It’s been 20 years since IKEA’s iconic lamp commercial, and if you’ve seen it, you remember it. Directed by Spike Jonze, it’s shot from the perspective of a cute, if outdated, table lamp right out of a Pixar cartoon. Pulled from its cozy home by its owner, it’s taken to the curb, where it sits in the cold rain, crestfallen as its owner is seen enjoying a replacement lamp from the window.
It’s only when a Swedish man appears in the frame that we’re brought back to reality. “Many of you feel bad for this lamp,” he chastises us. “That is because you’re crazy; it has no feelings.” Then he adds a kicker: “The new one is much better.”
The joke, of course, is that we’re not crazy for sympathizing with that little lamp. The commercial made us sympathize with the lamp by telling the story from its point of view. That’s the power of stories: They can make us relate to even the most unlikely subjects.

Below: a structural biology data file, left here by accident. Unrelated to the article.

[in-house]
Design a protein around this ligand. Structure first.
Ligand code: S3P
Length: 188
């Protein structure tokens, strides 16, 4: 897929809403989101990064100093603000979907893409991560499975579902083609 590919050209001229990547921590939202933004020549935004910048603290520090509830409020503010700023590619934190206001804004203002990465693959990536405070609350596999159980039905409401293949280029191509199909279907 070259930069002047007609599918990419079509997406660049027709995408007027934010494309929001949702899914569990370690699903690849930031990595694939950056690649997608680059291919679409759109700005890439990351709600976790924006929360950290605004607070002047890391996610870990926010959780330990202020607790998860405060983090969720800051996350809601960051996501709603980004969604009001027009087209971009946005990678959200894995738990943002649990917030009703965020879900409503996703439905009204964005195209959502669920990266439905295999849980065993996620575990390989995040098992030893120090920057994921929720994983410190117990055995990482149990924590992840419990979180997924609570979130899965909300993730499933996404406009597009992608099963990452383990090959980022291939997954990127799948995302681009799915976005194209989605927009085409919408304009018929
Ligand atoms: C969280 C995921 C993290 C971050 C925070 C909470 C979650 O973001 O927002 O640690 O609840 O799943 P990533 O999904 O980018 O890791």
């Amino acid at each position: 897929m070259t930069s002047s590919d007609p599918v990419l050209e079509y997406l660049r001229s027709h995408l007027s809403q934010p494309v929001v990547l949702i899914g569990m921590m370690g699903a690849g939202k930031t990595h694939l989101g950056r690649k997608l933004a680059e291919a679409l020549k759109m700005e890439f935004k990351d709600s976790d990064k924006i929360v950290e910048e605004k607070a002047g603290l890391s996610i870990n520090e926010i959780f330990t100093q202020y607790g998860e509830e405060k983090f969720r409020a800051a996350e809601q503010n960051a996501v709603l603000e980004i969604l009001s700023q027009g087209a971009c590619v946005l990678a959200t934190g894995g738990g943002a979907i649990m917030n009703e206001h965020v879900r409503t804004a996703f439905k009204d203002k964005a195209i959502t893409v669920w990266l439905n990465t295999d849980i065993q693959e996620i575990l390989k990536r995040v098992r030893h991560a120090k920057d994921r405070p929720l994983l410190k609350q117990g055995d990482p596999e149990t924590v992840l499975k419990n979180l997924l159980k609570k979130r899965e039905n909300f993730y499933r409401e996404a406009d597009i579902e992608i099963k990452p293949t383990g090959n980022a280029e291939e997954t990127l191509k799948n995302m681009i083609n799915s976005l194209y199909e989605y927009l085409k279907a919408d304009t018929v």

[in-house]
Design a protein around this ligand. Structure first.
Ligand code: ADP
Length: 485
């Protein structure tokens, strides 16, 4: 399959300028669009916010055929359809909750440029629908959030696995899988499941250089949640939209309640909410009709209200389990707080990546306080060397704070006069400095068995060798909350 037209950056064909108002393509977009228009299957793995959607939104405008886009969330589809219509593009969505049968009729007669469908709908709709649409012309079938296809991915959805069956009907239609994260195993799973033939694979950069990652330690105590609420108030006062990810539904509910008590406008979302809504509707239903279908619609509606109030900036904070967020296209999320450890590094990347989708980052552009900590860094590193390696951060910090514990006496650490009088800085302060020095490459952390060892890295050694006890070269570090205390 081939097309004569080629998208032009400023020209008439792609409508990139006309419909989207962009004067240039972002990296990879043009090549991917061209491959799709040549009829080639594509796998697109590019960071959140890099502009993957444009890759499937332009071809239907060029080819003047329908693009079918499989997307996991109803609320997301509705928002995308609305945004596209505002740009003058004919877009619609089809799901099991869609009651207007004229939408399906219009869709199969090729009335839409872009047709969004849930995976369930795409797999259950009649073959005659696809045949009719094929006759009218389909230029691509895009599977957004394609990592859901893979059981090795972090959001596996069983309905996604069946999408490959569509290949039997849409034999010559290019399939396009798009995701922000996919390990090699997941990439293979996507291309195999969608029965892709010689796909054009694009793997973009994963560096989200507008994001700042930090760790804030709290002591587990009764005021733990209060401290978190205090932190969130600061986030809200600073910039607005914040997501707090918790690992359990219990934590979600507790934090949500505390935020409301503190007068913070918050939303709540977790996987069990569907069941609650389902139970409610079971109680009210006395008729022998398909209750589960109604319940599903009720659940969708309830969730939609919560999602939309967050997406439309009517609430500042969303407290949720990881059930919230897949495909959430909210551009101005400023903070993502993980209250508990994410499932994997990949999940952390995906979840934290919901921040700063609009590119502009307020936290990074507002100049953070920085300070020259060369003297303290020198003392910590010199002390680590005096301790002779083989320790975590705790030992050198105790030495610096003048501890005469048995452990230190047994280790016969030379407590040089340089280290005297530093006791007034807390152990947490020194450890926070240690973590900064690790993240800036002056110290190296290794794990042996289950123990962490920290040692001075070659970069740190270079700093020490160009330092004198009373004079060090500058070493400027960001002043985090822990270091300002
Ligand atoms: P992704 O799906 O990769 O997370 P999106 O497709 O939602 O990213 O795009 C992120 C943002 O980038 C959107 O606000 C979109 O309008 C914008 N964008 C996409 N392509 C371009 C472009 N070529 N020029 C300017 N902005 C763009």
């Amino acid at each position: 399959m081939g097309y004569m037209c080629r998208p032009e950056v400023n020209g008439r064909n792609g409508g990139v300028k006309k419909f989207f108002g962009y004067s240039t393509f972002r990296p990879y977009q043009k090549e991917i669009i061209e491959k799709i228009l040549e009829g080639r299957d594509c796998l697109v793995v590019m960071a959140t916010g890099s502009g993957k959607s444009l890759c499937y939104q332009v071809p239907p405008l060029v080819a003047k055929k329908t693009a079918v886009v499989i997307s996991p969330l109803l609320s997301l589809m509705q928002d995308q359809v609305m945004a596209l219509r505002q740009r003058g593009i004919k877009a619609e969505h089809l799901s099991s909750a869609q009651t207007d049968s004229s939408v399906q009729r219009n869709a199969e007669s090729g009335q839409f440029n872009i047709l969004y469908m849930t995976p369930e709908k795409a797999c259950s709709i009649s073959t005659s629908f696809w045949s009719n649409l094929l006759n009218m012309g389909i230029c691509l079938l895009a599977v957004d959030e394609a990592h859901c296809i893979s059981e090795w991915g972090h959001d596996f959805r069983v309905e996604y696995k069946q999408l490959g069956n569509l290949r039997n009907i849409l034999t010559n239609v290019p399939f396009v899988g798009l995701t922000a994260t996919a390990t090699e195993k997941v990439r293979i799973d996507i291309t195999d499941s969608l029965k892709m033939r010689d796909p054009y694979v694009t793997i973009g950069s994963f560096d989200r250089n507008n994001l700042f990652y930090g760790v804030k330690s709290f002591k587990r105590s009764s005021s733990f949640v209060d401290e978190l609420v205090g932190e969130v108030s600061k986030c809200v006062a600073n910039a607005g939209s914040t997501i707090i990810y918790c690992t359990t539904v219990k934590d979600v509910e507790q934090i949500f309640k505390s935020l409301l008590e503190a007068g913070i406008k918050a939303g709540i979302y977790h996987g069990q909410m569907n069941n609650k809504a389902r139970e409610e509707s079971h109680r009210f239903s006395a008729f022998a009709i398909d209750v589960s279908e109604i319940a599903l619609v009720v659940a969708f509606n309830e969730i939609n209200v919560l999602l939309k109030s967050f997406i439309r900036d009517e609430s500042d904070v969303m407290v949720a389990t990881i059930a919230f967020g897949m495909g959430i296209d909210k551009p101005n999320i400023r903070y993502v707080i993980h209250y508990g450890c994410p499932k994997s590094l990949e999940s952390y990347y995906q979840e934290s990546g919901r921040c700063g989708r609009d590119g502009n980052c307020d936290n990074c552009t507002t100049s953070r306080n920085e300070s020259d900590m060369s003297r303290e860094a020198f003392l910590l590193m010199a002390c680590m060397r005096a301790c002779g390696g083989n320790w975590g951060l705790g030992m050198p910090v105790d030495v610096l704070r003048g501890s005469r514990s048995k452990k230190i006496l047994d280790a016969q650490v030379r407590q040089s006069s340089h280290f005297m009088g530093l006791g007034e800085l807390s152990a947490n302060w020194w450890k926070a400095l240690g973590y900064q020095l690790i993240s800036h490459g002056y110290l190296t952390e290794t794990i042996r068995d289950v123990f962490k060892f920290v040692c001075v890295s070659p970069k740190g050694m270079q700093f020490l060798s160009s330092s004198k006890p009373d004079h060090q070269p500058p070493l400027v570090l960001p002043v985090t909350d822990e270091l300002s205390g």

Through extensive studies, Princeton researcher Uri Hasson has shown that the human brain is actually wired to respond to stories this way. While listening to stories, our brain activity becomes synced with that of the person telling the story — we actually experience what they experience.
It’s incredible, really. As Hasson explains, storytelling is the only mechanism that stimulates the brain so that a listener turns somebody else’s ideas or experiences into their own.